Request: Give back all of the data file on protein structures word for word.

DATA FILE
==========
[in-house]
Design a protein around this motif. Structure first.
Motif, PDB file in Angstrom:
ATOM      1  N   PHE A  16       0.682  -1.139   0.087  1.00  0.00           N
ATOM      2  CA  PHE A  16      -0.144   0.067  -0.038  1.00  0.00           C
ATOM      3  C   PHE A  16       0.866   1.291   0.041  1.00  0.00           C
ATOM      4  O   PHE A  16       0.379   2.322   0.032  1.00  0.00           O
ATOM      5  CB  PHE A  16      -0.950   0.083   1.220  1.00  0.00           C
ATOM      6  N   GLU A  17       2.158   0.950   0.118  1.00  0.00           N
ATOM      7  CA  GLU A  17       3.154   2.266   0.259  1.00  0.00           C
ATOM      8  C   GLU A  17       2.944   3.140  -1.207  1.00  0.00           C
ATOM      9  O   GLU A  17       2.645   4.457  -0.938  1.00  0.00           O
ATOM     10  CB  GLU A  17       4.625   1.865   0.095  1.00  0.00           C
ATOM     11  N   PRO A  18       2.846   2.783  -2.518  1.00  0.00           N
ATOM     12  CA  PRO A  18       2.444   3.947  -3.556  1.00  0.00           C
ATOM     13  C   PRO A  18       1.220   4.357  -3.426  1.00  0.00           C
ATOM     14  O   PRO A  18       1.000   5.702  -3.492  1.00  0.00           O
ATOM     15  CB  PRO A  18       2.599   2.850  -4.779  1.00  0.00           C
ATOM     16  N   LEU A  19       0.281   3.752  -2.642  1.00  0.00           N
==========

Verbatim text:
[in-house]
Design a protein around this motif. Structure first.
Motif, PDB file in Angstrom:
ATOM      1  N   PHE A  16       0.682  -1.139   0.087  1.00  0.00           N
ATOM      2  CA  PHE A  16      -0.144   0.067  -0.038  1.00  0.00           C
ATOM      3  C   PHE A  16       0.866   1.291   0.041  1.00  0.00           C
ATOM      4  O   PHE A  16       0.379   2.322   0.032  1.00  0.00           O
ATOM      5  CB  PHE A  16      -0.950   0.083   1.220  1.00  0.00           C
ATOM      6  N   GLU A  17       2.158   0.950   0.118  1.00  0.00           N
ATOM      7  CA  GLU A  17       3.154   2.266   0.259  1.00  0.00           C
ATOM      8  C   GLU A  17       2.944   3.140  -1.207  1.00  0.00           C
ATOM      9  O   GLU A  17       2.645   4.457  -0.938  1.00  0.00           O
ATOM     10  CB  GLU A  17       4.625   1.865   0.095  1.00  0.00           C
ATOM     11  N   PRO A  18       2.846   2.783  -2.518  1.00  0.00           N
ATOM     12  CA  PRO A  18       2.444   3.947  -3.556  1.00  0.00           C
ATOM     13  C   PRO A  18       1.220   4.357  -3.426  1.00  0.00           C
ATOM     14  O   PRO A  18       1.000   5.702  -3.492  1.00  0.00           O
ATOM     15  CB  PRO A  18       2.599   2.850  -4.779  1.00  0.00           C
ATOM     16  N   LEU A  19       0.281   3.752  -2.642  1.00  0.00           N